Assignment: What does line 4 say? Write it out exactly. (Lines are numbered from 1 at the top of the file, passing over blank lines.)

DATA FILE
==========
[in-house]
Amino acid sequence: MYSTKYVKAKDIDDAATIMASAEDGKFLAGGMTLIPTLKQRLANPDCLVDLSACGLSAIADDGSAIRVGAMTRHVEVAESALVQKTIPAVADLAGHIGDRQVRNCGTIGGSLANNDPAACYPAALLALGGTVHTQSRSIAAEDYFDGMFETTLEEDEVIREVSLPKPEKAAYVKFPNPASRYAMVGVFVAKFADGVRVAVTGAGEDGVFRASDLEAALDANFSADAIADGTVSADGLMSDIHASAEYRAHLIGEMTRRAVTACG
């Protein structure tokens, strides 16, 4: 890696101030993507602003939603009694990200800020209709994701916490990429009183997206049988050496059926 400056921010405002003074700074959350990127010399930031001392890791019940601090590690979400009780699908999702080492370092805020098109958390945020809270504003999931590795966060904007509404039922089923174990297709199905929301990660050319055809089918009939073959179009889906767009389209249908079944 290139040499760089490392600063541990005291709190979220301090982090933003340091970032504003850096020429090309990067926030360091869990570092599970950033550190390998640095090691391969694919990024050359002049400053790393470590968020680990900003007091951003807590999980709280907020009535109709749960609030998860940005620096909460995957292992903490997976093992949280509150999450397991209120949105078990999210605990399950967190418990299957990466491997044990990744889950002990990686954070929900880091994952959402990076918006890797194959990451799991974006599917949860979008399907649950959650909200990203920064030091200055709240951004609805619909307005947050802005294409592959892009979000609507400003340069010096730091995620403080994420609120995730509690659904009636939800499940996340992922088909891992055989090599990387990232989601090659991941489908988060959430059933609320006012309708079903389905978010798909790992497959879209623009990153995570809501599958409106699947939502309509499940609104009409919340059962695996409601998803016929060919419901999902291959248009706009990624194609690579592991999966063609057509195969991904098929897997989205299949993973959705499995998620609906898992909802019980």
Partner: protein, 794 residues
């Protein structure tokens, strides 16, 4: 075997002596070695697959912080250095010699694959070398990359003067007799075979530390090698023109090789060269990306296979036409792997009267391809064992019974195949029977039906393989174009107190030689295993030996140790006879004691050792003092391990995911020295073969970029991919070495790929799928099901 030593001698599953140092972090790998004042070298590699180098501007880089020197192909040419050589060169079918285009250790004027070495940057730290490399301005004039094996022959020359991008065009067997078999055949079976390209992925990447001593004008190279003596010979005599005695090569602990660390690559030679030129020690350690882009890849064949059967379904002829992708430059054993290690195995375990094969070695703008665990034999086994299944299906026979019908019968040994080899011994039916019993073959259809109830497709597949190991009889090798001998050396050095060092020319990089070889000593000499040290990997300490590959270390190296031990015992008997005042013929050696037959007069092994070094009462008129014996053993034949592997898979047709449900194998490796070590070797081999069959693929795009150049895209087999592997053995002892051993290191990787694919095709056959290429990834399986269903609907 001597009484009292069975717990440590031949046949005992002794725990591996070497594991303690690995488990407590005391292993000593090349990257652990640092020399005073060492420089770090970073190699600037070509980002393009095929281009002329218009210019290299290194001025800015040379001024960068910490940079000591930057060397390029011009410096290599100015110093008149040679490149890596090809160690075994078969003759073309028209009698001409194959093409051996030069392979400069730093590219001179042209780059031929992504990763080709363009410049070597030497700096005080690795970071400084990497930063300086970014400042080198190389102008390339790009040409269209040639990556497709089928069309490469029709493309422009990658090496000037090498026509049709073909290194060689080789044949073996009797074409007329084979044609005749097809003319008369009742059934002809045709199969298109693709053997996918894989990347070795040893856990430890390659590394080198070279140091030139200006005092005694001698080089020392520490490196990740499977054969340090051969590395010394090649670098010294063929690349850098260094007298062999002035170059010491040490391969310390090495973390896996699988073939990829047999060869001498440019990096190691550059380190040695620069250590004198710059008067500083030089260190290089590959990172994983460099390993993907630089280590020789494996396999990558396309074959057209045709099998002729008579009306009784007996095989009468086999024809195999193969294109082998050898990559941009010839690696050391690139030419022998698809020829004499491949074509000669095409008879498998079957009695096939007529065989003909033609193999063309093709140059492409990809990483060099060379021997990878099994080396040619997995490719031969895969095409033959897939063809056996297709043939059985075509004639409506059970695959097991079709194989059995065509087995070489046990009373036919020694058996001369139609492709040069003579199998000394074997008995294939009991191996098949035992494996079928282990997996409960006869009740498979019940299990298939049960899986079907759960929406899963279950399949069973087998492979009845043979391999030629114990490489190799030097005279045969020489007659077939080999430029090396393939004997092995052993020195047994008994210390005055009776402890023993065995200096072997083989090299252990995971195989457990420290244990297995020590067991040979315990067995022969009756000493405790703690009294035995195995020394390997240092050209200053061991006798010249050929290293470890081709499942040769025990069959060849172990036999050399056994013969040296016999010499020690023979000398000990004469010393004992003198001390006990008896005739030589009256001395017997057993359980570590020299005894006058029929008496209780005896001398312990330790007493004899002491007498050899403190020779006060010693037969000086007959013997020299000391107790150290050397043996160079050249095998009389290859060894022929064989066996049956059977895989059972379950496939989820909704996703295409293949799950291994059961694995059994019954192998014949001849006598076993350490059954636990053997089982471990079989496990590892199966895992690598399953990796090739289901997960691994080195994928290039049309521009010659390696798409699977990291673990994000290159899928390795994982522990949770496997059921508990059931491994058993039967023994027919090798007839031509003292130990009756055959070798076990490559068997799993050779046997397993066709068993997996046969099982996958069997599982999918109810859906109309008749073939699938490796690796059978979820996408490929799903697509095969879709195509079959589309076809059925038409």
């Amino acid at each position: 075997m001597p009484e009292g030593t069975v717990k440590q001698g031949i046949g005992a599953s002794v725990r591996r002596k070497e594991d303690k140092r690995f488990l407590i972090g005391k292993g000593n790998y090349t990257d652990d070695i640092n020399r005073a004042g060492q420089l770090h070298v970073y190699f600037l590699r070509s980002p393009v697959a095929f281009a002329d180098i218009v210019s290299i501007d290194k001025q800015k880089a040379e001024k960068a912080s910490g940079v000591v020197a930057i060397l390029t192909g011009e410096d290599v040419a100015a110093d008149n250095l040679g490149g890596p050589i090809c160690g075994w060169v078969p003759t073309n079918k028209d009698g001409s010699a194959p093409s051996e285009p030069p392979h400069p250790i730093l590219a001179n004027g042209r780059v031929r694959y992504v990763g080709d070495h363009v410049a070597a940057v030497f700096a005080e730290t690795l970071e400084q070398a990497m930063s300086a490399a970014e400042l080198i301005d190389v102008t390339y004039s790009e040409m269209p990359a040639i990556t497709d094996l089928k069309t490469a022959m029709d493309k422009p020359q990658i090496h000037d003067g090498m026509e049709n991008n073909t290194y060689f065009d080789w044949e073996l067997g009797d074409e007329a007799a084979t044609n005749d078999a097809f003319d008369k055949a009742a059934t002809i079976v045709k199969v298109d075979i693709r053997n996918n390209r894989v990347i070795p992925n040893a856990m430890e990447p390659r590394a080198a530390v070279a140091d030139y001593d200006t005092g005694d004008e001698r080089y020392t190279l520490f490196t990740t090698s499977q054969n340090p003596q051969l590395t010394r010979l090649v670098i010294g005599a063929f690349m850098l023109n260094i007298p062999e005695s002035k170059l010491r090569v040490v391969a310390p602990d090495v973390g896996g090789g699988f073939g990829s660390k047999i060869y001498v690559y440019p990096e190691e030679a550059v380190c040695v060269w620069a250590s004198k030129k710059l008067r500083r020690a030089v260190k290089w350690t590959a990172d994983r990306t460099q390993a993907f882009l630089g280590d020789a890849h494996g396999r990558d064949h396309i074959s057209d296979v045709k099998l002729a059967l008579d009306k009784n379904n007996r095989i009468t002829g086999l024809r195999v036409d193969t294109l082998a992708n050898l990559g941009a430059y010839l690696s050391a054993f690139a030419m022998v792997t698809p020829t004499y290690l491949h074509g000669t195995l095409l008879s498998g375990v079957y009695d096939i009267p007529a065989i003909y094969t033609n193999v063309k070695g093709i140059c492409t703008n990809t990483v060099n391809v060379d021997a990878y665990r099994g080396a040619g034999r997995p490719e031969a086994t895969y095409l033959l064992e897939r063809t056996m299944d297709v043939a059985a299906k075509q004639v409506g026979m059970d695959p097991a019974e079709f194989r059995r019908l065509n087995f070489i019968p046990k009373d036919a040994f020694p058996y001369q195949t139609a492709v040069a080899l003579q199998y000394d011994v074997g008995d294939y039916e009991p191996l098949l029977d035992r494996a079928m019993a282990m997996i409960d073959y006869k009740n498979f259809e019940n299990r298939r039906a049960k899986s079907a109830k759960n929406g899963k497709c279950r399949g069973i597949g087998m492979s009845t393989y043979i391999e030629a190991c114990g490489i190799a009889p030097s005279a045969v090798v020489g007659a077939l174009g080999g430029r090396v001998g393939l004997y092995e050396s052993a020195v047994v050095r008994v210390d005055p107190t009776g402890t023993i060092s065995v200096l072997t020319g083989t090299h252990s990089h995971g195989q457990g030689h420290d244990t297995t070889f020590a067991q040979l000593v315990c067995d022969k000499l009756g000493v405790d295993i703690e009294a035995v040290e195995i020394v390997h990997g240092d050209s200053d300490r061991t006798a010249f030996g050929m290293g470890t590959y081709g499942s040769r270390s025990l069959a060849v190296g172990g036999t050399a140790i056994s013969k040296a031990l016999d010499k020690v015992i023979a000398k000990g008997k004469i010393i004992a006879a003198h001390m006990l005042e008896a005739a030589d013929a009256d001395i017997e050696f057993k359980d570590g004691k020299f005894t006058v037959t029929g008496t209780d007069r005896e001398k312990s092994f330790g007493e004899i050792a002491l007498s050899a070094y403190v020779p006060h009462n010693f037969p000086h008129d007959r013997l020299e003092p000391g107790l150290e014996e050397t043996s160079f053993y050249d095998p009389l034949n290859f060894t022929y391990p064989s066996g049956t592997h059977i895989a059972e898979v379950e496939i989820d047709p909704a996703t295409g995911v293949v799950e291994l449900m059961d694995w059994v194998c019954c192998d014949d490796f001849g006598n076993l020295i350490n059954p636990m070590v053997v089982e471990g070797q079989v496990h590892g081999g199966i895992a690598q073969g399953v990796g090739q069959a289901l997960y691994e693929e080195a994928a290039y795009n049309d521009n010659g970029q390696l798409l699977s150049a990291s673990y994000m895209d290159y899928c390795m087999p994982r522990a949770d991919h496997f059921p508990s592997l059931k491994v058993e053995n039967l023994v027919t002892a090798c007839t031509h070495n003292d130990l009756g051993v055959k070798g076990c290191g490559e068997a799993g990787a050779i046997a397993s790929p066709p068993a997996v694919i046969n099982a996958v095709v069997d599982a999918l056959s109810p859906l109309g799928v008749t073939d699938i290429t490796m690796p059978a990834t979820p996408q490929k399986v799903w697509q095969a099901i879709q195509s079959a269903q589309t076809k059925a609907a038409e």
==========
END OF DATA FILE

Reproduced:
Partner: protein, 794 residues